Samsung Rapid SSD. Samsung SSD 840 Evo

Samsung SSD 840 Evo

Solid State Drives (SSD) are one of the most exciting technological developments to happen in workstations for some years. The drives are lightning fast, incredibly responsive and can make a huge difference to any machine, old or new (see our SSDs for CAD article).

But world domination of these drives, which use NAND-based flash memory instead of rotating platters, is still some way off. Capacities need to increase and need to drop before SSDs completely take over from traditional Hard Disk Drives (HDDs).

Until recently SSDs plateaued at 500GB — plenty of storage for entry-level CAD use but not really enough when large CAD/BIM datasets start stacking up. In contrast HDDs go up to 4TB and win hands down on price. A typical HDD costs £0.04 per GB whereas an SSD might be anywhere from £0.50 to £0.80.

That is a big premium to pay and another reason why SSDs are commonly found alongside HDDs inside desktop workstations. SSDs deliver incredible performance for operating system, apps and current datasets, while the HDD is used to store the bulk of the data.

The good news is the technology is moving incredibly fast.

In just a few years Samsung has established itself as one of the world’s leading SSD manufacturers. Unlike its competitors, the South Korean giant manufactures virtually every component of its SSDs (from the NAND flash memory to the memory controller). This not only helps it bring new products to market faster but also price them aggressively.

The new Samsung SSD 840 EVO is a case in point. It is not only the first true 1TB SSD for mainstream use, but it comes in at an incredible price — £0.43 per GB. This may still be ten times the cost of a typical HDD but, considering the technology on offer, it is market leading.

A class divide?

As the name suggests Samsung’s SSD 840 EVO is an evolution of the Samsung SSD 840 that launched in 2012. It offers the same three-year warranty but delivers bigger capacities, better performance and includes some Smart features designed to boost read / write speeds in certain scenarios.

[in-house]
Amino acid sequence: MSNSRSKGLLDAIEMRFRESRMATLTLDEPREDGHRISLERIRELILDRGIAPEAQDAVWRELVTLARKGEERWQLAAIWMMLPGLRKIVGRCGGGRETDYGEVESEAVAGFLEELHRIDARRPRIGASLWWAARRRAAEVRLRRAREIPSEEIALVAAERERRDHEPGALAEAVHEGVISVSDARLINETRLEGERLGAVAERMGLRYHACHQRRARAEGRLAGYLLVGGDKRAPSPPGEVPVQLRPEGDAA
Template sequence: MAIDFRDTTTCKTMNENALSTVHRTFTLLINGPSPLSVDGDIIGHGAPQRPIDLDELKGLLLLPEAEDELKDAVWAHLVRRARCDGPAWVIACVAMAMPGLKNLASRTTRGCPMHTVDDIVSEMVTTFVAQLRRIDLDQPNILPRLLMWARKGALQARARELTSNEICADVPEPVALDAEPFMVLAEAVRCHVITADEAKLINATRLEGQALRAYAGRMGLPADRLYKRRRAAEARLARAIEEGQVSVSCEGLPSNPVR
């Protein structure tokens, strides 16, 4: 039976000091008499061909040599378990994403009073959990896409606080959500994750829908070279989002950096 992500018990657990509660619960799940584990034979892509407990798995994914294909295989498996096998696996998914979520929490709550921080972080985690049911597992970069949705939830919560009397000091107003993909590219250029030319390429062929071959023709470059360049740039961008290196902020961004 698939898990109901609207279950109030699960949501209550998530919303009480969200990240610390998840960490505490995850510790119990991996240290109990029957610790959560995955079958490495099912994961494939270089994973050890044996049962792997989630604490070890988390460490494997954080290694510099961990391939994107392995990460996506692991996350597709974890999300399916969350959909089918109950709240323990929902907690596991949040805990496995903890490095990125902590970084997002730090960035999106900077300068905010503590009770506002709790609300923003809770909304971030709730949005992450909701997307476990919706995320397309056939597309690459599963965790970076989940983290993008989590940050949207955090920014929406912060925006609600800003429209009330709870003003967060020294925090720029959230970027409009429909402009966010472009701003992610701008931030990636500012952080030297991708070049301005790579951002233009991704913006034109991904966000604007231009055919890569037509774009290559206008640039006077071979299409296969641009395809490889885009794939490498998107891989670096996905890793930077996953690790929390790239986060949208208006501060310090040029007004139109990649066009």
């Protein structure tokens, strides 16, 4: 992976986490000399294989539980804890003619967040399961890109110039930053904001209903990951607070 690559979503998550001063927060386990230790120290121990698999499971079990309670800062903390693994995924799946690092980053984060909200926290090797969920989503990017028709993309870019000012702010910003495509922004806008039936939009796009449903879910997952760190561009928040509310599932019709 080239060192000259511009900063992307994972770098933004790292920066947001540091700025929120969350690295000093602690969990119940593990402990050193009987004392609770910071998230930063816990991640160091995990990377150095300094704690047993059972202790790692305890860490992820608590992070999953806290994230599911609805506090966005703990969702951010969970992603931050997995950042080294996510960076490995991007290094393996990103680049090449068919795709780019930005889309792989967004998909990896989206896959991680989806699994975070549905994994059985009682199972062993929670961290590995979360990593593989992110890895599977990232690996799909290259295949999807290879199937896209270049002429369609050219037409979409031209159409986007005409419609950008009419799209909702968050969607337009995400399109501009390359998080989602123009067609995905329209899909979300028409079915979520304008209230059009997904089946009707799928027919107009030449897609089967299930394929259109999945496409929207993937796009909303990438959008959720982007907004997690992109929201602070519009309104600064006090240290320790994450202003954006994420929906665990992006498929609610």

Like most modern SSDs the 840 EVO uses the SATA 3.0 (6Gb / 600GB/s) interface. It will also work on SATA 2.0 (3Gb / 300GB/s) and SATA 1.0 (1.5Gb / 150GB/s), so is compatible with older workstations, but its speed will be throttled.

There is a choice of five capacities: 120GB, 250GB, 500GB, 750GB and 1TB so there is something for pretty much everyone. Read performance is virtually standard across the range but write speed tails off with the lower capacity drives, though much less so than it does in the original SSD 840 drives.

The 840 EVO is positioned as a consumer drive for client PCs, meaning the Samsung 840 PRO will continue to FOCUS on professional users.

The 840 PRO promises better reliability (backed by a five-year warranty) and faster consistent performance, particularly with large datasets, both of which are attractive to workstation users. However, this does not mean the 840 EVO is not suitable for CAD / BIM workstations.

On the desktop there is plenty of scope for entry-level workstations where cost is critical. At £73 (ex VAT) the 120GB SSD EVO is an extremely cost effective way to boost system performance, partnering with a traditional 1TB HDD to store data.

For those that want to load and save large CAD datasets at lightning quick speeds, it is an interesting alternative to a slower HDD in a traditional SSD / HDD setup. Here a 500GB, 750GB or 1TB 840 EVO could be used for data, while a 128GB or 256GB 840 PRO does the more demanding work for operating system and applications.

The 840 EVO is also likely to appeal to mobile users where fast, high capacity storage is of paramount importance. A lot of mobile workstations only support a single drive so users traditionally have to choose between capacity (HDD) or performance (SSD). A 750GB or 1TB EVO 840 could offer both.


On paper there is very little difference between the 840 EVO and the 840 PRO, which we reviewed back in March 2013 (see